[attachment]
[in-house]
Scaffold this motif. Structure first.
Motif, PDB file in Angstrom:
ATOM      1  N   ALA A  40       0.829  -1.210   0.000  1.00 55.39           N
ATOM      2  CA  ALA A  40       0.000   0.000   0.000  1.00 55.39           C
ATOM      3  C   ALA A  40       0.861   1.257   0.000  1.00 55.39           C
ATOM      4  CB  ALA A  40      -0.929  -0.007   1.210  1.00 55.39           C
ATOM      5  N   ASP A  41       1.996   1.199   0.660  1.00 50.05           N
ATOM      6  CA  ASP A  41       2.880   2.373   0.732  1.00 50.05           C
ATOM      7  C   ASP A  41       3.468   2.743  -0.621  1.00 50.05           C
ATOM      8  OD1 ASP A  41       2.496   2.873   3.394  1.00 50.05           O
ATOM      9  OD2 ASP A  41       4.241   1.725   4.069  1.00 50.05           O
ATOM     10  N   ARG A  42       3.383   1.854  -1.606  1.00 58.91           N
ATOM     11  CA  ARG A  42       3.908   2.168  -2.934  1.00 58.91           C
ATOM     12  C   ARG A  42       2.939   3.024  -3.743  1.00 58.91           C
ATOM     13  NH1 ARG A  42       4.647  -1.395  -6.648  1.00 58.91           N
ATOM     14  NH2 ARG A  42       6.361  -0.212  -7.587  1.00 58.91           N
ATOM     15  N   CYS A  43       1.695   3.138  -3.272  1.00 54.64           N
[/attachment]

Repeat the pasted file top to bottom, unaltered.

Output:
[in-house]
Scaffold this motif. Structure first.
Motif, PDB file in Angstrom:
ATOM      1  N   ALA A  40       0.829  -1.210   0.000  1.00 55.39           N
ATOM      2  CA  ALA A  40       0.000   0.000   0.000  1.00 55.39           C
ATOM      3  C   ALA A  40       0.861   1.257   0.000  1.00 55.39           C
ATOM      4  CB  ALA A  40      -0.929  -0.007   1.210  1.00 55.39           C
ATOM      5  N   ASP A  41       1.996   1.199   0.660  1.00 50.05           N
ATOM      6  CA  ASP A  41       2.880   2.373   0.732  1.00 50.05           C
ATOM      7  C   ASP A  41       3.468   2.743  -0.621  1.00 50.05           C
ATOM      8  OD1 ASP A  41       2.496   2.873   3.394  1.00 50.05           O
ATOM      9  OD2 ASP A  41       4.241   1.725   4.069  1.00 50.05           O
ATOM     10  N   ARG A  42       3.383   1.854  -1.606  1.00 58.91           N
ATOM     11  CA  ARG A  42       3.908   2.168  -2.934  1.00 58.91           C
ATOM     12  C   ARG A  42       2.939   3.024  -3.743  1.00 58.91           C
ATOM     13  NH1 ARG A  42       4.647  -1.395  -6.648  1.00 58.91           N
ATOM     14  NH2 ARG A  42       6.361  -0.212  -7.587  1.00 58.91           N
ATOM     15  N   CYS A  43       1.695   3.138  -3.272  1.00 54.64           N